capable of producing ASSAULT AGENDA Policy that has already been thrust on other states citizens by
    their leftist overlords. If you can’t be used as a victim model by the leftarded they want nothing to do with you.

  2. These rankings must be taken with a grain of salt…but carefully considered none the less.

    For example, Vermont graduates 92.6% of its high school students. What the stats also tell us is that more than half of them graduate without meeting grade level standards… a phenomenon practiced in every state dominated by the NEA and AFT teacher unions.

    Now consider that Vermonters pay the 4th highest taxes and the 2nd highest per student costs in the U.S., while fewer than half its students meet grade level standards. Other states, like Idaho for example, have similar student performance. But Idaho education costs are 1/3rd the education costs in Vermont.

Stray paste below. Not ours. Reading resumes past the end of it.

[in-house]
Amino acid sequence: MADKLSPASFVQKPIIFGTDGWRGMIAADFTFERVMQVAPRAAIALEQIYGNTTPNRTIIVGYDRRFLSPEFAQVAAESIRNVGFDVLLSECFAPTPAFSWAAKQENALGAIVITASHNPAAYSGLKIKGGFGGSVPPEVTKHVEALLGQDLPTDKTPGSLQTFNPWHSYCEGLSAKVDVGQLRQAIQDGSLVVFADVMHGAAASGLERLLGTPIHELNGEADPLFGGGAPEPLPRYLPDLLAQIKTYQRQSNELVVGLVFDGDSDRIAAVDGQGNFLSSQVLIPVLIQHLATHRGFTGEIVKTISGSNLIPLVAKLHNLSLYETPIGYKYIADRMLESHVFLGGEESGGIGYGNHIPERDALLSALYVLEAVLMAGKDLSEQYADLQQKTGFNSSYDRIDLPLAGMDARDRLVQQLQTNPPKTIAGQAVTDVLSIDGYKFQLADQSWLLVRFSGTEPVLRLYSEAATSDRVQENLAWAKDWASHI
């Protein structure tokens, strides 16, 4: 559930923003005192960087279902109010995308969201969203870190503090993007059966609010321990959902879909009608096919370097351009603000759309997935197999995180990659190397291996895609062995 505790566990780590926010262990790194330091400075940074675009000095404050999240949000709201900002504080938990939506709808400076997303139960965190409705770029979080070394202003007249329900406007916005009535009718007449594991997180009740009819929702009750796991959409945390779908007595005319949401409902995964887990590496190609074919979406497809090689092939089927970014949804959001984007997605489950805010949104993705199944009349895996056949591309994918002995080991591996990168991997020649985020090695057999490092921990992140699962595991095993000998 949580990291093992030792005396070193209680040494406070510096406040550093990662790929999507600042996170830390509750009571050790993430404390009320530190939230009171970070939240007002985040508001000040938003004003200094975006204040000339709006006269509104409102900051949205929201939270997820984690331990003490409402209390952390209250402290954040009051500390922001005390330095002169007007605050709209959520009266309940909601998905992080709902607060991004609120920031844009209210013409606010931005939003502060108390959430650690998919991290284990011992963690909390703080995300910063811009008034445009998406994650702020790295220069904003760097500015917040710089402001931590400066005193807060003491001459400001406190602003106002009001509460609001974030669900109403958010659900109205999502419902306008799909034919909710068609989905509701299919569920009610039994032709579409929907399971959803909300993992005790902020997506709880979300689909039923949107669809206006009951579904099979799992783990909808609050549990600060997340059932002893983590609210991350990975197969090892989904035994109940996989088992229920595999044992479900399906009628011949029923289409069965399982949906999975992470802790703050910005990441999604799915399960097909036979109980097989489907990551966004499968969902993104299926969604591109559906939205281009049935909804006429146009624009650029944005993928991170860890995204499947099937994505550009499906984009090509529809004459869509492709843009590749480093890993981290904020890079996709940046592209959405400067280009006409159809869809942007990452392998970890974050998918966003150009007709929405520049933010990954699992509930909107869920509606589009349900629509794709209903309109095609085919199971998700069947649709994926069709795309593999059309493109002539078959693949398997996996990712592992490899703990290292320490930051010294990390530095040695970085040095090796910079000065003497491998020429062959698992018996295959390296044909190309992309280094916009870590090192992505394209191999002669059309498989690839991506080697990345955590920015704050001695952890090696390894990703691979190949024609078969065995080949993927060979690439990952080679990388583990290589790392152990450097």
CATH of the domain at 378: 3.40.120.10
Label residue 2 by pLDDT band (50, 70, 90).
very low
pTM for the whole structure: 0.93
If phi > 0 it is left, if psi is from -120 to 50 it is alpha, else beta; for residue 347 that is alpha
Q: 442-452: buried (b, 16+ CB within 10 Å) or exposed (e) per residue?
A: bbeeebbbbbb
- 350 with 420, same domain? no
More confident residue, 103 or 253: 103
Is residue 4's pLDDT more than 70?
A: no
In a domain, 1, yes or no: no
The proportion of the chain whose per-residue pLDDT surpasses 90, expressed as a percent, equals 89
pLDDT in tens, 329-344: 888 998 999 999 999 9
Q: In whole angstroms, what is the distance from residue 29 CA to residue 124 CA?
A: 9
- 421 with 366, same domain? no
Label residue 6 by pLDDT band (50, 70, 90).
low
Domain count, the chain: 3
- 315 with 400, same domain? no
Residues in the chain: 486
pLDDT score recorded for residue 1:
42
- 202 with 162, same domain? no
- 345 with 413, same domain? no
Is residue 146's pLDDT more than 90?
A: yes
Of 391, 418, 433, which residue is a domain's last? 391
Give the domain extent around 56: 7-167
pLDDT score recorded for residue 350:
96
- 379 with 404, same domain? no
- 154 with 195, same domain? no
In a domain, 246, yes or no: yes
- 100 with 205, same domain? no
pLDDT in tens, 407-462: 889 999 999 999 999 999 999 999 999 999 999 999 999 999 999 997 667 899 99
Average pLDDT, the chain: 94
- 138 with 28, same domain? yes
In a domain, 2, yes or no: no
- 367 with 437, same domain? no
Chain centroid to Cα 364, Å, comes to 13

Lastly, consider the rarely mentioned context of this data. Indeed, they should be mandatory reading. But not just for legislators. Our American Constitutional Republic was founded on the basis of state autonomy (i.e. State’s Rights) allowing each state to not only act as it see fit without federal intervention – but to compare the outcomes from one state to another. This data should be mandatory reading in high school civics classes too.

    • “Now consider that Vermonters pay the 4th highest taxes and the 2nd highest per student costs in the U.S., while fewer than half its students meet grade level standards. Other states, like Idaho for example, have similar student performance. But Idaho education costs are 1/3rd the education costs in Vermont.”